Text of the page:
sion of harshness, they serve in the auThe most noble trees in existence tumn to publish the beauty of the tinted are of the amentaceous group, — bear- groups, to which their sombre grounding imperfect flowers in the form of work of verdure gives a more promaments, or catkins. To this class be- inent relief. long the Oak, the Plane, the Chestnut, The deciduous trees, though of less the Hickory, the Beech, the Pines, and value to us in winter, possess more vaindeed, the greater part of the northern rious attractions, - fading and brightenforest-trees. It includes almost all the ing, dying, as it were, and then reviving, nut-bearers, from the Walnut down to and passing with every successive seathe diminutive Hazel. These trees are son through a series of transformations not remarkable for the beauty of their which are ever new and striking. The flowers, which are without a corolla ; Cherry-tree of our gardens, being a fabut in many of them the aments con- miliar object, may be instanced to exstitute a flowing drapery that rivals the emplify these changes. In the winter grace and elegance of the more splen- we perceive only the network formed did flowering trees. The aments of the by its branches; we see their whorls,

one above another, in stages somewhat their flexibility chiefly depends. This similar to those of a Fir-tree. In May tremulousness, under certain conditions it puts forth its light-green plaited of the weather, is very affecting, and leaves; and, before these are entirely has given rise to many poetical images unfolded, its white flowers, like minia- and fables in the literature of all civil. ture roses, appear in a sudden glow of ized nations. splendor. The flowers are succeeded Other trees, like the American Elm, by drupes of berries, distinguished when swayed by the wind exhibit a among the leaves by their lighter shades graceful waving of their branches, with of green, passing through a gradation but little apparent motion of their leaves. of tints, from a light yellow and blush- We observe the same motions in the color to orange, crimson, and purple. Weeping Willow, and in other trees with Finally, just before the fall of the leaf, a drooping spray, in which the flexibilappear those indescribable tints which ity of the branches is more apparent are emblematic of autumn, and which than that of the foliage. Here it may are as conspicuous in the Cherry-tree be remarked that the lines described as in the trees of our indigenous for- by the motions of trees with upright est.

branches differ essentially from those While Nature, in the forms and colors of the drooping trees. The motions of the foliage of trees, and the arrange- of hanging branches are particularly ment of their branches, causing a great pleasing, because they are associated variety of outline, has provided a con- with ideas of facility and repose. They stant entertainment for the sight, and please still more, perhaps, by their rea pleasing exercise for the mind and semblance to certain living forms, which imagination, she has also increased are allied with the feminine graces. I their attractions by endowing them believe there is not a single motion of a with a different susceptibility to motion tree, or of any other plant, that does not from the action of the winds. Some in part derive its power to please from species, like the Balsam Fir, having stiff its suggestion of some agreeable image branches and foliage, are merely rocked of our own life. backwards and forwards by the wind, An exceedingly beautiful waving of without any separate motion of their the branches is noticeable in a grove of leaves. This inflexibility renders the Hemlocks, when they are densely asFirs and some of their allied species sembled without being crowded ; and less expressive than many other trees of it is remarkable that one of the most those agreeable qualities that suggest graceful of trees should belong to a the ideas of grace and liveliness. Oth- family which is distinguished by its ers have stiff branches with flexible stiffness, formality, and want of grace. leaves, so that, while they do net bend The Hemlock, unlike other Firs and to a moderate breeze, they exhibit ani- Spruces, has a very flexible spray; and mation by the movements of their foli- its foliage is constantly showing its unage. This quality is observed in the der silvery surface when moved by the Oak, the Ash, and the Locust, and in wind. If we look from an opposite all those deciduous trees that have a point upon the outside of a grove of somewhat pendulous foliage, and are Hemlocks, when they are exposed to a wanting in a flexible spray.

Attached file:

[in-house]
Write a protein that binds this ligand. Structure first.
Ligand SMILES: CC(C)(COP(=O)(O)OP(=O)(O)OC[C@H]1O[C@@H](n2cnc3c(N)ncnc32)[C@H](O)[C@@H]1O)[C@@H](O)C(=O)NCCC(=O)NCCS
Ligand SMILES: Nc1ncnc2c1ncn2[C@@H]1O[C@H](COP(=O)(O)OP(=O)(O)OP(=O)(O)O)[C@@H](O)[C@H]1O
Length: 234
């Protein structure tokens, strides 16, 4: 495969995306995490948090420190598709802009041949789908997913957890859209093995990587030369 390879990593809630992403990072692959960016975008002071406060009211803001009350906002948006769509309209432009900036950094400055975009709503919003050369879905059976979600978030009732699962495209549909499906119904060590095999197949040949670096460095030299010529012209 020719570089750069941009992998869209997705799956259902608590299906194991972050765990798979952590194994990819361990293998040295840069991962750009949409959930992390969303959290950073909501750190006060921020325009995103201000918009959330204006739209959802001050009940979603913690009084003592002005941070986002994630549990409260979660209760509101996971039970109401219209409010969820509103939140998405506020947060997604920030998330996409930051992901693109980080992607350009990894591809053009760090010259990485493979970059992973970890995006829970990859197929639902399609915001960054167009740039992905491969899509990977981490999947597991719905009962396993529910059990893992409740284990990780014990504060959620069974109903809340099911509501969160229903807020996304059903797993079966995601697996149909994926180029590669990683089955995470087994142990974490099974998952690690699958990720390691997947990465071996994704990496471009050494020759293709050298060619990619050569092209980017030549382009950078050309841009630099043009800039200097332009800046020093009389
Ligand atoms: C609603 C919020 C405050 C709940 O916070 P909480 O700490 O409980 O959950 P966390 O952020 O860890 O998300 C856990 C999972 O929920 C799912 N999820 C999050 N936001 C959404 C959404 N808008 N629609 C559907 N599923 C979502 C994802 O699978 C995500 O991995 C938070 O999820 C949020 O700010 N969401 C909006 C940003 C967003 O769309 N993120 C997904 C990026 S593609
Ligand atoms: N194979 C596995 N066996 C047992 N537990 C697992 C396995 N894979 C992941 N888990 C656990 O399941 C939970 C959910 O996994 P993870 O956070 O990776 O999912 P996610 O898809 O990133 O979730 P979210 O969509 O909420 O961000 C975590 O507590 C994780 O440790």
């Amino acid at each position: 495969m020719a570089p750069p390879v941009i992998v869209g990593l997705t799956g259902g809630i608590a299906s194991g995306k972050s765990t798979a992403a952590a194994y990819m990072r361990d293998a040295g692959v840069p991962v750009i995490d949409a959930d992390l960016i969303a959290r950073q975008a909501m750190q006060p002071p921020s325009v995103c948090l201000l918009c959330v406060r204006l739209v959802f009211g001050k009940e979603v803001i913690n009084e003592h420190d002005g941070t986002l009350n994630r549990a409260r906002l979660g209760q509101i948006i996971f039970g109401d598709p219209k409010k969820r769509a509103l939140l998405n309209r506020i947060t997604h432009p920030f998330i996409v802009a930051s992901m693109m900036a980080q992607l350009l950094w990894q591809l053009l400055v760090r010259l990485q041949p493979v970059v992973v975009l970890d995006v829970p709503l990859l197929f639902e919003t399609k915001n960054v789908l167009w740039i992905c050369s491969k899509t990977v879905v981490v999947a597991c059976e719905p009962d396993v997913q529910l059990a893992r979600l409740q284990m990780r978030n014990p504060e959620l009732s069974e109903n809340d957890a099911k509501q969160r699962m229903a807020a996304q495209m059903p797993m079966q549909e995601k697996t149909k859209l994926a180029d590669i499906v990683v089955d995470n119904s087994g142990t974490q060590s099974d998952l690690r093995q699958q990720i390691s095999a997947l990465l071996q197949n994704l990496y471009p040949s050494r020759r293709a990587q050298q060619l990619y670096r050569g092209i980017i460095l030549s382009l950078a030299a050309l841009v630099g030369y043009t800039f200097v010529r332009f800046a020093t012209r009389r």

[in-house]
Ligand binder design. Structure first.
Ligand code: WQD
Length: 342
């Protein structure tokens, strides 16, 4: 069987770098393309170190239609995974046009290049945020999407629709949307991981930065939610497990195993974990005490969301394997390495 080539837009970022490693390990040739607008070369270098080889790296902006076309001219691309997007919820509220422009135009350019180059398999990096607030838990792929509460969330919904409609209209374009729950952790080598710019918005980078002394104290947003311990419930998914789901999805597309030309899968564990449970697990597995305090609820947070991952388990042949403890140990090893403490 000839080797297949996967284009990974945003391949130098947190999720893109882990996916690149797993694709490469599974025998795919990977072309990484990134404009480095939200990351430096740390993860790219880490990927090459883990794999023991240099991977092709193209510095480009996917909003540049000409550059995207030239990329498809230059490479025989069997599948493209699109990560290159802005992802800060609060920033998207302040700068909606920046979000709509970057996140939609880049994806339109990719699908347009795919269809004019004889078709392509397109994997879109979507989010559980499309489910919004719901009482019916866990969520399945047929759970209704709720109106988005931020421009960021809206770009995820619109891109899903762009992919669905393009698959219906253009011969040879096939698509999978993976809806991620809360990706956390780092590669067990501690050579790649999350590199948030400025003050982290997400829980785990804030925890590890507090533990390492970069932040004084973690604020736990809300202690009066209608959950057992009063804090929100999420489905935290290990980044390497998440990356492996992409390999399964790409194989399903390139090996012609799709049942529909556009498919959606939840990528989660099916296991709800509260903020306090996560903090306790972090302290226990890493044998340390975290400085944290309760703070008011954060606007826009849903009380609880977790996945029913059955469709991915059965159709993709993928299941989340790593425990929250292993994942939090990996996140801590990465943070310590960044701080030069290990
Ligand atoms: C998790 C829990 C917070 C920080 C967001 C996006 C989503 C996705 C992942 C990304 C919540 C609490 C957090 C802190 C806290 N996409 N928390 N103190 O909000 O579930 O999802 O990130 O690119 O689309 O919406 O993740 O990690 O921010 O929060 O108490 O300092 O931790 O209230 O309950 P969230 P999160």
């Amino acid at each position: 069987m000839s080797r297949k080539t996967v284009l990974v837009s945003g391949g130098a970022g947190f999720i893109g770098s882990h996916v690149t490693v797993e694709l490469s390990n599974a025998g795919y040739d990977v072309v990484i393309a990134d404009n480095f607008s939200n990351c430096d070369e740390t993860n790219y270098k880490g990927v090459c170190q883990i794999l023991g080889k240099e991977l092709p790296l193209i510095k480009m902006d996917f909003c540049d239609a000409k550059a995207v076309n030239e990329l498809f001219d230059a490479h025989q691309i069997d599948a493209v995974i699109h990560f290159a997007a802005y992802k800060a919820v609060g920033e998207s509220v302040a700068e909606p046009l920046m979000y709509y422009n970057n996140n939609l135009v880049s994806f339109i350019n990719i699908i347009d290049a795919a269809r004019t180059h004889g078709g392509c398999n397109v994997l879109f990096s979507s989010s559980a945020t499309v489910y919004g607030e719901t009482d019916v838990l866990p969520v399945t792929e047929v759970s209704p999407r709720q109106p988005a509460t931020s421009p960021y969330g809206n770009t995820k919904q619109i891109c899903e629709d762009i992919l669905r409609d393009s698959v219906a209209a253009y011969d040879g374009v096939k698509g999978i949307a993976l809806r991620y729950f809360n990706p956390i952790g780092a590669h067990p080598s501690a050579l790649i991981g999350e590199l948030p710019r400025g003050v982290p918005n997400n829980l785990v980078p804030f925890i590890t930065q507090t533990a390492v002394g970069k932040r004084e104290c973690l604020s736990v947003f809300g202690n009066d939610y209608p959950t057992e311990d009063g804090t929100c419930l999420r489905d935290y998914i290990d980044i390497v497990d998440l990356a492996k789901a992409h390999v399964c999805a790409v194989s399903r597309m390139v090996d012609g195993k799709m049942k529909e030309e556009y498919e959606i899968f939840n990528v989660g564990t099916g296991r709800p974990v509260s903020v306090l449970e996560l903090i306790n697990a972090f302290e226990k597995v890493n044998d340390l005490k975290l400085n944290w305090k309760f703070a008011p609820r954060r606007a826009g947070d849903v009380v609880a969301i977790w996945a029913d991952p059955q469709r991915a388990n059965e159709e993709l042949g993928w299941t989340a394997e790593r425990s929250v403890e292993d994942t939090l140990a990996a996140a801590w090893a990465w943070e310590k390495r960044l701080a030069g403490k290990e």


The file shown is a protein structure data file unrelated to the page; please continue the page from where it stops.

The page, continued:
brisk but moderate current of wind, we This trembling habit of the foliage is may observe a peculiar undulating movemost remarkable in the Poplar tribe, ment of their foliage and branches, and is proverbial in the Aspen. It is made more apparent by the glitter of also conspicuous in the common Pear- the leaves, that resemble a collection of tree, and in the little White Birch. All minute spangles, with one dark and one tremulous leaves are somewhat heart- glittering surface. Nature presents to shaped, having a long footstalk more us, in all the infinitely various motions or less flattened ; and on this flatness of her vegetable forms, nothing so